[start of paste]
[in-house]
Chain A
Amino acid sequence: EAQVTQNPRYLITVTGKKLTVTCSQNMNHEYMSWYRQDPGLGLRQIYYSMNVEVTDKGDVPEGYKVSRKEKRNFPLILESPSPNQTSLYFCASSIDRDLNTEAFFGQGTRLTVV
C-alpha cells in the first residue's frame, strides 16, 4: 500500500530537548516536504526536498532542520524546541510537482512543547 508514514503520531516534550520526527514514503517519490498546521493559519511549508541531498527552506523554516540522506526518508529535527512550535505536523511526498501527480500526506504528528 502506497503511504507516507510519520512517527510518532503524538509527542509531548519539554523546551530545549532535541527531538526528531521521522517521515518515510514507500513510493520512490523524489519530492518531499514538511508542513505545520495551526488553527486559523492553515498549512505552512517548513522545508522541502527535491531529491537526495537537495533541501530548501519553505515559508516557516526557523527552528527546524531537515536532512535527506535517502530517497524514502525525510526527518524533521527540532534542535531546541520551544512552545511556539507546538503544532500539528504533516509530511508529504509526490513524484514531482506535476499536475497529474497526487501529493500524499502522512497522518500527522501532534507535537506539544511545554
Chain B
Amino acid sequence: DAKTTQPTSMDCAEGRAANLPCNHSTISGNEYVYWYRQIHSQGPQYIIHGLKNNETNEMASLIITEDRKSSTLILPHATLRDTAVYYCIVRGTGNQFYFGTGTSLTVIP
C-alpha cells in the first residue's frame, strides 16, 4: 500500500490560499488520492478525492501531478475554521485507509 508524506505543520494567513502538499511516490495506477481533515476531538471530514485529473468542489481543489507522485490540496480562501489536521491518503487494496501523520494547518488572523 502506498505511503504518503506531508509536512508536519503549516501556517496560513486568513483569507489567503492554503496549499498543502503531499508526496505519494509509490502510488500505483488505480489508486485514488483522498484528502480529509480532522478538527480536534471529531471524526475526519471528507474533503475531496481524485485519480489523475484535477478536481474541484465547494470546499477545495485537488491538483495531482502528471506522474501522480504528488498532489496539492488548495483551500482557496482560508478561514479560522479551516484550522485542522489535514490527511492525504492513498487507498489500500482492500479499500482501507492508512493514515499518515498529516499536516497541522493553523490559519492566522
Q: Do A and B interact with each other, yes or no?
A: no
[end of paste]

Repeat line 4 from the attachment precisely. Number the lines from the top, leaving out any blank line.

C-alpha cells in the first residue's frame, strides 16, 4: 500500500530537548516536504526536498532542520524546541510537482512543547 508514514503520531516534550520526527514514503517519490498546521493559519511549508541531498527552506523554516540522506526518508529535527512550535505536523511526498501527480500526506504528528 502506497503511504507516507510519520512517527510518532503524538509527542509531548519539554523546551530545549532535541527531538526528531521521522517521515518515510514507500513510493520512490523524489519530492518531499514538511508542513505545520495551526488553527486559523492553515498549512505552512517548513522545508522541502527535491531529491537526495537537495533541501530548501519553505515559508516557516526557523527552528527546524531537515536532512535527506535517502530517497524514502525525510526527518524533521527540532534542535531546541520551544512552545511556539507546538503544532500539528504533516509530511508529504509526490513524484514531482506535476499536475497529474497526487501529493500524499502522512497522518500527522501532534507535537506539544511545554